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Let's get one thing straight. We all want a 2.3-gigapixel (2,300-megapixel) ultra-resolution camera with visible and infrared imaging capabilities -- but only the US Army has the bottomless black-ops budget to pay for it. The Pentagon has put out a tender for an electronically stabilised spy camera that can shoot two multi-gigapixel frames a second from on-board one of its growing fleet of surveillance drones. That's not all -- it wants the camera to be more reliable, lighter and less costly than "those currently available". Does that mean it already has a 2.3-gigapixel snapper looking down at us? Who knows? It's classified.

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Get ready for a head-on, no-holds-barred smackdown between Mozilla and Adobe. Mozilla claimed the record for the most downloads in 24 hours when Firefox 3 racked up 8m requests in June 2008. But, come January 2009, Adobe let slip that Flash Player 10 had been downloaded to 55 per cent of the world's more than 1bn computers in just two months, working out to over 9m downloads a day. Mozilla apparently mumbled something about "user initiated, full version" downloads, but we don't want talk -- we want blood. Mozilla and Adobe execs fighting with gladiator gear in a dusty stadium? That's easily worth 10m downloads.

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Take an old Volvo estate, fill it with concrete, add Stetsom amps, DD subwoofers and XS battery packs and you too might be able to break windows, burst eardrums and distress elderly gentlefolk in the made-up sport of dB racing. But you probably won't beat Alan Dante's world-record sound-pressure level of 181.7dB -- he's from Brazil, where even shouting "Gooooooal!" can take 5 minutes and cause deafness in small mammals.

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Folding@home doesn't refer to putting the laundry away or even practising origami, but to the more than 400,000 devices worldwide that together form a virtual supercomputer working on analysing the structure of biochemical proteins. The network is composed of Windows, Mac and Linux computers, Nvidia and ATI graphics cards and 50,000 PlayStation 3s, with the Folding@home client kicking in during idle clock cycles. The network can achieve processing speeds of over 5 petaflops, an output larger than the world's top six supercomputers combined.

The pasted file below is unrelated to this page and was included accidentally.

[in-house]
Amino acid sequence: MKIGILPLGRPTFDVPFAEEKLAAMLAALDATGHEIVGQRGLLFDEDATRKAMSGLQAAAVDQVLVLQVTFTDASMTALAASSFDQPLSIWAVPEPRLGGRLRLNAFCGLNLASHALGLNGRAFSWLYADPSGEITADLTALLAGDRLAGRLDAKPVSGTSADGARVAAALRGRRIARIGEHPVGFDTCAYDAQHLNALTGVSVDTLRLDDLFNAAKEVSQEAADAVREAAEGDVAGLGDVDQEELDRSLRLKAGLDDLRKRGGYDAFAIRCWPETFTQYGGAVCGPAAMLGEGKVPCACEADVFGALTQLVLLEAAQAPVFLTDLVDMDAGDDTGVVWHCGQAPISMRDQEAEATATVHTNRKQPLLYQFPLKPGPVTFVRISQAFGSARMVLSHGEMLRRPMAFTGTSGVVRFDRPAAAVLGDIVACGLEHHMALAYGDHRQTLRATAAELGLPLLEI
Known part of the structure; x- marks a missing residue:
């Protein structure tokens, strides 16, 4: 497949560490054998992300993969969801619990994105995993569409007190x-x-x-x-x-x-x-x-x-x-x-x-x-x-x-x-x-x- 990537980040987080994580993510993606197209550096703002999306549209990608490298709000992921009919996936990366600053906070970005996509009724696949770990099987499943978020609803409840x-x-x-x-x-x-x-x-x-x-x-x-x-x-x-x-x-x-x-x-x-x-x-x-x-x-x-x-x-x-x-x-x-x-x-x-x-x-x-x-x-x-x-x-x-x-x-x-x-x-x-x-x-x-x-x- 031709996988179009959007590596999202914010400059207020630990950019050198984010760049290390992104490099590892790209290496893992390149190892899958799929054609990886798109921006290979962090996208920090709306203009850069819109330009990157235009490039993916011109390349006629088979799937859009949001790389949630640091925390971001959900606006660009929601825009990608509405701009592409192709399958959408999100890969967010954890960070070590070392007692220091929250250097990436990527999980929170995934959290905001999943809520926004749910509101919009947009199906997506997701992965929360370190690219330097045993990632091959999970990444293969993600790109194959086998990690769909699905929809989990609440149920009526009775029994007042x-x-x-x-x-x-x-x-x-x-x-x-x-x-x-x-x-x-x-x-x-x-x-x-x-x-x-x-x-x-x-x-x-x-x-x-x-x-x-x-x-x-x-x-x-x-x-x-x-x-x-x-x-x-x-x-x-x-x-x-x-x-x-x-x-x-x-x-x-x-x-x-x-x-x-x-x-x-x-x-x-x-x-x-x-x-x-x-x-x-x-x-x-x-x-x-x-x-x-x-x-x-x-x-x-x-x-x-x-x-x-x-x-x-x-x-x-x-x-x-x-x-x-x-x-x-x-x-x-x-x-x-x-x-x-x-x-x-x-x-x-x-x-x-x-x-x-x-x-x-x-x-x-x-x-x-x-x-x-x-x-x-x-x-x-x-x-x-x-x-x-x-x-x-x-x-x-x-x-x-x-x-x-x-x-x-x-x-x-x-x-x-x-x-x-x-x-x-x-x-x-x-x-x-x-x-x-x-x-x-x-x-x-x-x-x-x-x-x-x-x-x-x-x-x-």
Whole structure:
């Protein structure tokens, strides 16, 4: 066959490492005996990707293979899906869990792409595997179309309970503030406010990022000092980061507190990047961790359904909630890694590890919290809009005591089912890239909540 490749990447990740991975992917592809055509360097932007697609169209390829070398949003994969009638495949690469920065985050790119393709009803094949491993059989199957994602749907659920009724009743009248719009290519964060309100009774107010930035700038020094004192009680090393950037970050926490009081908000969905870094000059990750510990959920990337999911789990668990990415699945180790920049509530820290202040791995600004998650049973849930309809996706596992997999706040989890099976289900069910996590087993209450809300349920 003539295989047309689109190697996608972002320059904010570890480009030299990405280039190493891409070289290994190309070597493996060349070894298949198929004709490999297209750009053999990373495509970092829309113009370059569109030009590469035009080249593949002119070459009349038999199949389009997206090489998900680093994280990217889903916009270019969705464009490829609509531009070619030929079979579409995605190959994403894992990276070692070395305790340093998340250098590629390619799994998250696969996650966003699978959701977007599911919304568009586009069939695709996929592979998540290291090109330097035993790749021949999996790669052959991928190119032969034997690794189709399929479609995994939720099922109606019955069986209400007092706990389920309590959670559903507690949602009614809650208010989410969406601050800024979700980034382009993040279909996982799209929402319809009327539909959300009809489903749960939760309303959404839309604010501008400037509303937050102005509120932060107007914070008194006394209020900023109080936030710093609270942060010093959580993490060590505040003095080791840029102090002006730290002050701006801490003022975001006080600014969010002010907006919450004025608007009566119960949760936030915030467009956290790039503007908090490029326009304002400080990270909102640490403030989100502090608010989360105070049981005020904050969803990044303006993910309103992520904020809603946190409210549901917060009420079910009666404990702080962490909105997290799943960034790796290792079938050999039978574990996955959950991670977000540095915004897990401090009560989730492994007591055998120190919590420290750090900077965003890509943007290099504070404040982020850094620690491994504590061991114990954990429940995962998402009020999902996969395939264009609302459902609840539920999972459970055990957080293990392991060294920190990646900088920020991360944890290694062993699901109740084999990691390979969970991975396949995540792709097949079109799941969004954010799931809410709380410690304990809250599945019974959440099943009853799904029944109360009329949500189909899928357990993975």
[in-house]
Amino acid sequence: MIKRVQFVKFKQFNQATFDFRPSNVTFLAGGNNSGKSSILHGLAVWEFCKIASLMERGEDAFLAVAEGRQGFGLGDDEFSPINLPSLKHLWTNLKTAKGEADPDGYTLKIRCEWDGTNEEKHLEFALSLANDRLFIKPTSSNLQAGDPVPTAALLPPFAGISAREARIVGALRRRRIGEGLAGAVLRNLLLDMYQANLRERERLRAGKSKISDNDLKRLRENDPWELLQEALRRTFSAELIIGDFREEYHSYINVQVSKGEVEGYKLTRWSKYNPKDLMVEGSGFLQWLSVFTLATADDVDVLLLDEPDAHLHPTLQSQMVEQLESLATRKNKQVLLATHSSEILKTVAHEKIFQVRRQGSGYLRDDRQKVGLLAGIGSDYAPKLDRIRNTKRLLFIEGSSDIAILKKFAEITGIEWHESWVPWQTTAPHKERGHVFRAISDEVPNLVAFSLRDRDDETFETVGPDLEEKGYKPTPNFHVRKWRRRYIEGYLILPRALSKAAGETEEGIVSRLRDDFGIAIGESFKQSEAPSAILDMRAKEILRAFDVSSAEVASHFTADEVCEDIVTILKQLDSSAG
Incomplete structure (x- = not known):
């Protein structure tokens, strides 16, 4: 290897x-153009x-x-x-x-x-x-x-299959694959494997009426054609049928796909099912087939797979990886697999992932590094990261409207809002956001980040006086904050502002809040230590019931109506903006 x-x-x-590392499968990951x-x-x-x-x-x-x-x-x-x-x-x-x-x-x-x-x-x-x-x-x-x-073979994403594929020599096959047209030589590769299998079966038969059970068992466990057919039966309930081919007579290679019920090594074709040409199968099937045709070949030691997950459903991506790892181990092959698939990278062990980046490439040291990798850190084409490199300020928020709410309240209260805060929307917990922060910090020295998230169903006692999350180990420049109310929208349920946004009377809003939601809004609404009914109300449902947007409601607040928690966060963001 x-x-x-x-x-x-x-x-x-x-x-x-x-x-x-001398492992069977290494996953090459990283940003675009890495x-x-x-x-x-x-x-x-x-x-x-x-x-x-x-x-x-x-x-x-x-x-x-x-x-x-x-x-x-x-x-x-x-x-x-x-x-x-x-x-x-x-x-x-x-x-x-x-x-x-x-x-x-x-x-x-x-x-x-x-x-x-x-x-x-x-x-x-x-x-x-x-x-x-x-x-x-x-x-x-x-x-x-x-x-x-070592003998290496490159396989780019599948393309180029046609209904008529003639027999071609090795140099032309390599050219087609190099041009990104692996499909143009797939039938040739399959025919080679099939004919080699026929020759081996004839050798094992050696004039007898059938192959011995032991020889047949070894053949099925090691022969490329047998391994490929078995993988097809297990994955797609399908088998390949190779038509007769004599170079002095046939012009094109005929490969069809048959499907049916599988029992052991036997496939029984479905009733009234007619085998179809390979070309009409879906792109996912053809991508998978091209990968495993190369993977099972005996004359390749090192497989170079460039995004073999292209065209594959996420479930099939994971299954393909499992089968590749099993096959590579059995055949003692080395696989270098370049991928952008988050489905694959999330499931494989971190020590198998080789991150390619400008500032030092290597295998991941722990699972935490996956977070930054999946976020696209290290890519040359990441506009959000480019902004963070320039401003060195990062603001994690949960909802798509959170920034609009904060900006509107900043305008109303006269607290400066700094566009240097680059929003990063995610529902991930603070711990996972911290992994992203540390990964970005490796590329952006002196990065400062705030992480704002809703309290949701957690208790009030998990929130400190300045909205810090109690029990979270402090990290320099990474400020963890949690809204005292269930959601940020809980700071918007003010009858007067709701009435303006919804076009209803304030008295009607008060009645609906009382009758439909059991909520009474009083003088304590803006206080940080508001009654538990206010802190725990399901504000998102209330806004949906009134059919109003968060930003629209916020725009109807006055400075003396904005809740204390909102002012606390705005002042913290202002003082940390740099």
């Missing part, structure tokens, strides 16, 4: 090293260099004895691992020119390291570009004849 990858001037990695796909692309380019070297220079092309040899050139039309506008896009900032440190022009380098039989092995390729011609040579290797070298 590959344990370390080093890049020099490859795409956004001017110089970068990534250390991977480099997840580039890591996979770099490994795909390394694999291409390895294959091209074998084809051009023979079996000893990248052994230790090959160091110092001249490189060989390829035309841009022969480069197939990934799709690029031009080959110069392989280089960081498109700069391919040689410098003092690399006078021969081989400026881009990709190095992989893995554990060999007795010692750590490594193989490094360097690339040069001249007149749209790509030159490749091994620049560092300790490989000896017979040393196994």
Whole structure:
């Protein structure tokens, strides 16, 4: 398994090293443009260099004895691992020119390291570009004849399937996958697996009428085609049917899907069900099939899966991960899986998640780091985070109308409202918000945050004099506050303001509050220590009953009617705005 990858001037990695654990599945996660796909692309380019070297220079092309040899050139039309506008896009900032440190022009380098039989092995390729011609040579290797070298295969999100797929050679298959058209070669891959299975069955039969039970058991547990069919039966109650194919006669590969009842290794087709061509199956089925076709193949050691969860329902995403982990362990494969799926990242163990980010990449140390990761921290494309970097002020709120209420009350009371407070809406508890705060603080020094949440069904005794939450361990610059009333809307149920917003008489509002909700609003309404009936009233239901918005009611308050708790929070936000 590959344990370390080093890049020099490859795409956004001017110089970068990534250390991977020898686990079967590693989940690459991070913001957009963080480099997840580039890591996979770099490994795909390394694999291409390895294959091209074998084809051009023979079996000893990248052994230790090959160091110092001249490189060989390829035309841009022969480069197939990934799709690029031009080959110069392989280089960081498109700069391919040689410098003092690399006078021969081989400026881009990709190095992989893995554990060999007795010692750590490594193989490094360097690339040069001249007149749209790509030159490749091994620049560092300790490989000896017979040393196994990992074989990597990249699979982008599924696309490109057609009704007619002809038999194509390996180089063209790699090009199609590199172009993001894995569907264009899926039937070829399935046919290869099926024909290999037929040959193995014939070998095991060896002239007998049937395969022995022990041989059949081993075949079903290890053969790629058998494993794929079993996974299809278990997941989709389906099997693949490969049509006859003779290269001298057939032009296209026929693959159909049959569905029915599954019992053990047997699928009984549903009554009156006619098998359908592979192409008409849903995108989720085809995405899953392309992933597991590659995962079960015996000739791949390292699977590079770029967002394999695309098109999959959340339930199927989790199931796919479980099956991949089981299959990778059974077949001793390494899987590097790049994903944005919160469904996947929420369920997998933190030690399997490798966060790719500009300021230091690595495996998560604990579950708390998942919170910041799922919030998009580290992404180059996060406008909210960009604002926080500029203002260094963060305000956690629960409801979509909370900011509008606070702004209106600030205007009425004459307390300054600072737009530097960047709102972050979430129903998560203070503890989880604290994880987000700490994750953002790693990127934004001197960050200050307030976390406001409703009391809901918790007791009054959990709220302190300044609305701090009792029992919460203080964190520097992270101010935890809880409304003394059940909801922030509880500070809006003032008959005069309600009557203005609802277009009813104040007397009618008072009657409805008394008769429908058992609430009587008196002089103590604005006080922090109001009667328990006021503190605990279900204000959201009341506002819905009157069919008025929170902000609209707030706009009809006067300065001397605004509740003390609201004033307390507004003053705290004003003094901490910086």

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So small they even had to remove the letters 'le' from its name, this modular mobile is designed to slip into various 'jackets' to add various functionality, such as navigation, gaming or in-car entertainment abilities. On its own, the Modu is a 40g waif with a 33mm (1.3-inch) OLED screen, basic tri-band GSM reception, a seven-key control pad, MP3 playback and 2GB of storage. Future plans include a 3G model and an Android jacket.

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Yes, you do look stupid walking along with a Jabra sticking out of your ear, but think how much sillier you'd look with 244m of neo-Gothic bascule and suspension ironwork dangling from your lughole. In 2007, London Bridge and Tower Bridge were turned into Bluetooth devices for the Switched On London festival. Sensors on London Bridge detected passing Bluetooth phones, which then appeared as coloured pixels along the side of Tower Bridge. While this was strictly a one-off installation, you can probably find an American out there willing to buy London Bridge from you as an iPhone accessory.